Gambhari, Gambhārī: 10 definitions


Gambhari means something in Hinduism, Sanskrit, biology. If you want to know the exact meaning, history, etymology or English translation of this term then check out the descriptions on this page. Add your comment or reference to a book if you want to contribute to this summary article.

In Hinduism

Ayurveda (science of life)

Source: Wisdom Library: Āyurveda and botany

Gambhārī (गम्भारी) is a Sanskrit word referring to Gmelina beechwood, a specis of deciduous tree from the Lamiaceae (mint) family of flowering plants, and is used throughout Ayurvedic literature such as the Caraka-saṃhitā. It is also spelled as Gaṃbhārī (गंभारी) and has the following synonym: Kāśmarī. In English, the plant is commonly known as “white teak” or the “Kashmir tree” among others.

This plant (Gambhārī) is also mentioned as a medicine used for the treatment of all major fevers, as described in the Jvaracikitsā (or “the treatment of fever”) which forms the first chapter of the Sanskrit work called Mādhavacikitsā. In this work, the plant is mentioned being part of the Daśamūla group of medicinal drugs.

Source: Google Books: Essentials of Ayurveda

Gambhārī (गम्भारी).—The Sanskrit name for an important Ayurvedic drug.—The bark of Gambhārī is bitter, astringent, and is one of the components of daśamūla. The ripe fruit is yellow and sweet and acts as rasāyana.

Source: Ancient Science of Life: Evaluation of Cyavanaprāśa on Health and Immunity related Parameters in Healthy Children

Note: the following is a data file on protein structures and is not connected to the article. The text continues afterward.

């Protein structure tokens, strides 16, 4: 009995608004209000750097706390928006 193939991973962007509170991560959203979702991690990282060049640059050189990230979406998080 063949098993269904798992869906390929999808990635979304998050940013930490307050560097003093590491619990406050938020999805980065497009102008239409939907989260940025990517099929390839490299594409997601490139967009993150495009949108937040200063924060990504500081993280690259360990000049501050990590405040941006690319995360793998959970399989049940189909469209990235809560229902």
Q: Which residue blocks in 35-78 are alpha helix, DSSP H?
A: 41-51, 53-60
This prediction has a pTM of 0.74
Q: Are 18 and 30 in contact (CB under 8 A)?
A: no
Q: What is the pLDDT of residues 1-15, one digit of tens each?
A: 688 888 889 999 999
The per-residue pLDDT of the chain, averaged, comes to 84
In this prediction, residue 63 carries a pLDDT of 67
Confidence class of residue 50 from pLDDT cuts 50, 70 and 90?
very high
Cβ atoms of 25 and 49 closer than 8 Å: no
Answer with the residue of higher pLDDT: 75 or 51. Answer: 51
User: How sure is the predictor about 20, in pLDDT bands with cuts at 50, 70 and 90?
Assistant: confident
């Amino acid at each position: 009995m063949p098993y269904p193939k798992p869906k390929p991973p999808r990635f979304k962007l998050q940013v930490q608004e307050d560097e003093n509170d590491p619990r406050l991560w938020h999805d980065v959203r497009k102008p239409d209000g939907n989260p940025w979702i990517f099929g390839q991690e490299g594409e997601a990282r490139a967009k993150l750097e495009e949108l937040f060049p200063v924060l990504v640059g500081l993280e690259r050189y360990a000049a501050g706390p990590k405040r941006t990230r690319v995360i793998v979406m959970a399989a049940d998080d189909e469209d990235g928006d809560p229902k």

Gambhārī (गम्भारी) refers to the medicinal plant known as Gmelina arborea, St. Bk., and is used in the Ayurvedic formulation known as Cyavanaprāśa: an Ayurvedic health product that helps in boosting immunity.—Cyavanaprāśa has been found to be effective as an immunity booster, vitalizer and a preventer of day to day infections and allergies such as common cold and cough etc. It is a classical Ayurvedic formulation comprising ingredients such as Gambhārī. [...] Cyavanaprāśa can be consumed in all seasons as it contains weather friendly ingredients which nullify unpleasant effects due to extreme environmental and climatic conditions.

Ayurveda book cover
context information

Āyurveda (आयुर्वेद, ayurveda) is a branch of Indian science dealing with medicine, herbalism, taxology, anatomy, surgery, alchemy and related topics. Traditional practice of Āyurveda in ancient India dates back to at least the first millenium BC. Literature is commonly written in Sanskrit using various poetic metres.

Discover the meaning of gambhari in the context of Ayurveda from relevant books on Exotic India

Biology (plants and animals)

Source: Google Books: CRC World Dictionary (Regional names)

Gambhari in India is the name of a plant defined with Gmelina arborea in various botanical sources. This page contains potential references in Ayurveda, modern medicine, and other folk traditions or local practices It has the synonym Gmelina arborea var. canescens Haines (among others).

Example references for further research on medicinal uses or toxicity (see latin names for full list):